Andrahar and his companions to be the focus here.

It's been a very long time since I've read a good adventure tale, and
"Reconcilation" would be memorable from that standpoint alone. Dwim's
battle scenes are well presented and choreographed so that it's very
easy to visualize all the action. Peloran and Andrahar's stand against
the Corsair raiders, with the help of hastily assembled and trained
townspeople, was very vivid, and the scene of Andra's last rites for
the dead Corsairs was quite moving.

The description of Andrahar falling in love with his native language
was very lovely, and gave me a new insight into his character. How
frustrating for him that he could not teach the language in its
beautiful and poetic forms, but had to use sterile accounts of warfare
instead! It was also a wonderful twist that Elethil ended up a
statesman and scholar of Haradric language and culture – my heart
ached for that boy all through the story.

More than action-adventure, "Reconciliation" works very well as a
coming-of-age tale, thoughtfully exploring the issues of young
manhood: pride, loyalty, jealousy, pack-mentality, finding one's
proper place. Adding racism and xenophobia to the mix gives a timeless
element to the tale – I see young men grappling with these same issues
and concerns every day.

Title: A Useful Skill · Author: EdorasLass · Genres: Humor: Children ·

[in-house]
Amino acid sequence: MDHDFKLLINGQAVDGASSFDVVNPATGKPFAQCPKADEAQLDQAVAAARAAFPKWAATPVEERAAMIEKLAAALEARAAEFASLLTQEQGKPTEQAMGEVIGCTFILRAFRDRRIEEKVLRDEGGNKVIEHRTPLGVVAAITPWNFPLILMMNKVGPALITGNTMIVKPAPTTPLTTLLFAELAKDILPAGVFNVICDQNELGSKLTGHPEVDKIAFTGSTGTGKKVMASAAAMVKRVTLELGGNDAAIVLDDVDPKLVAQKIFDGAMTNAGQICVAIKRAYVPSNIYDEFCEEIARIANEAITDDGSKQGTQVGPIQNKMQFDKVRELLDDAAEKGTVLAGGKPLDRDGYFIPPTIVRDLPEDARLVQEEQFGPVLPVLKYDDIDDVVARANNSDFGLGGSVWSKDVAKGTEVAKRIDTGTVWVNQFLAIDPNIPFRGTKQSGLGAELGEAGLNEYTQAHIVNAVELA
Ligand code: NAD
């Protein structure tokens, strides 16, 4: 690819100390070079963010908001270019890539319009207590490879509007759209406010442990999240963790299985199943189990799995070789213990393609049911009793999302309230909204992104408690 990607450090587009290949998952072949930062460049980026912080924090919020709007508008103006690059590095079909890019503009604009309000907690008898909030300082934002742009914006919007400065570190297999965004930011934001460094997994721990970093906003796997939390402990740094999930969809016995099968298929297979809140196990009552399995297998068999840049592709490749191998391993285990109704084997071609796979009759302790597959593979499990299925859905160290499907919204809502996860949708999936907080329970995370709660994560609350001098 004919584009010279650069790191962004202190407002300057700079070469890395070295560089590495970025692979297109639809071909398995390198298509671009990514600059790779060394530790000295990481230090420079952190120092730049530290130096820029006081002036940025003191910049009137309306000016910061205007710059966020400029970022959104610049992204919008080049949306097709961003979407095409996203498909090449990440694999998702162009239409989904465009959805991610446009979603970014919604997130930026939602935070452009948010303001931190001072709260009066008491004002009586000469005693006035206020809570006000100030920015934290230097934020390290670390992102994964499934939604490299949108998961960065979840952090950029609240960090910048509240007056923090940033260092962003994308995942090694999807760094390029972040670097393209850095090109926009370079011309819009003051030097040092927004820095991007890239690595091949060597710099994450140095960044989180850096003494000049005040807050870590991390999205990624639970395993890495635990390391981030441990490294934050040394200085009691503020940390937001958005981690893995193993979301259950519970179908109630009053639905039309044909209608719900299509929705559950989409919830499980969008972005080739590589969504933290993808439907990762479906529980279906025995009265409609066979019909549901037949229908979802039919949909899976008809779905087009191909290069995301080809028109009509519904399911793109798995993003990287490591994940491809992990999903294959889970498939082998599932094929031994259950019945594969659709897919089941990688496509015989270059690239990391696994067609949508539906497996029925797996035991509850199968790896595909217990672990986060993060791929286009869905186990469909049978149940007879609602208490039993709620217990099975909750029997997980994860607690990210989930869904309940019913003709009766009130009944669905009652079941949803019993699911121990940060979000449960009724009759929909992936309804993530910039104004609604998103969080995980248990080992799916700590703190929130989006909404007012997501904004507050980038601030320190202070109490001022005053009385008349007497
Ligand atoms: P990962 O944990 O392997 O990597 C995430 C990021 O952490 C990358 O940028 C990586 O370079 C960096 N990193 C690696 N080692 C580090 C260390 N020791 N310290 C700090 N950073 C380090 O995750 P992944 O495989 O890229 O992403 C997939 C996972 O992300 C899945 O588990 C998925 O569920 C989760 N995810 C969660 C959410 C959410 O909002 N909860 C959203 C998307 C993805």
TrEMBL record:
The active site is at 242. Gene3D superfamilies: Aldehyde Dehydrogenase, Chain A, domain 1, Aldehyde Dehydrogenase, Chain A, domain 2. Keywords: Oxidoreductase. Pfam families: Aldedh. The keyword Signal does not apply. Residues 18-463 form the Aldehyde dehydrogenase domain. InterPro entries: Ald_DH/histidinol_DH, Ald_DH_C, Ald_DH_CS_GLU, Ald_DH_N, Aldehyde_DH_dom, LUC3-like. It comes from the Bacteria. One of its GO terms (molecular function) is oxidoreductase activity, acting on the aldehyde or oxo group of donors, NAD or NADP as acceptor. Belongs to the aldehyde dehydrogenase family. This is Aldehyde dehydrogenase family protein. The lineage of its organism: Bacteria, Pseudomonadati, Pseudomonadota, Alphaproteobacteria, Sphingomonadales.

ID: 46
Reviewer: annmarwalk · 2007-10-26 14:18:54
This is quite an endearing story – I'm loving the fact that, although
the Faramir and Boromir are growing up, they still manage to be quite
winsome. There's never a dull day for Nanny, that's for sure!

In this tale, Faramir, prince of small motor skills, is caught out by
his father mending his own socks. Denethor takes offense and Faramir's
lip trembles, just a bit, yet he holds his own very well in explaining
why he's performing what Denethor considers his Nanny's task. In a
priceless moment of guilt and embarrassment, it dawns on Denethor
that, rather than engaging in a useless hobby or whim, Faramir is
actually learning a valuable skill. I really liked the brief glimpse
of flustered!Denethor when he realizes that at some point he, too, had
to do his own mending while in the field; even better is his
discomfort at not being able to remember who taught him. You can
almost see him frantically worrying over forgetting such a tiny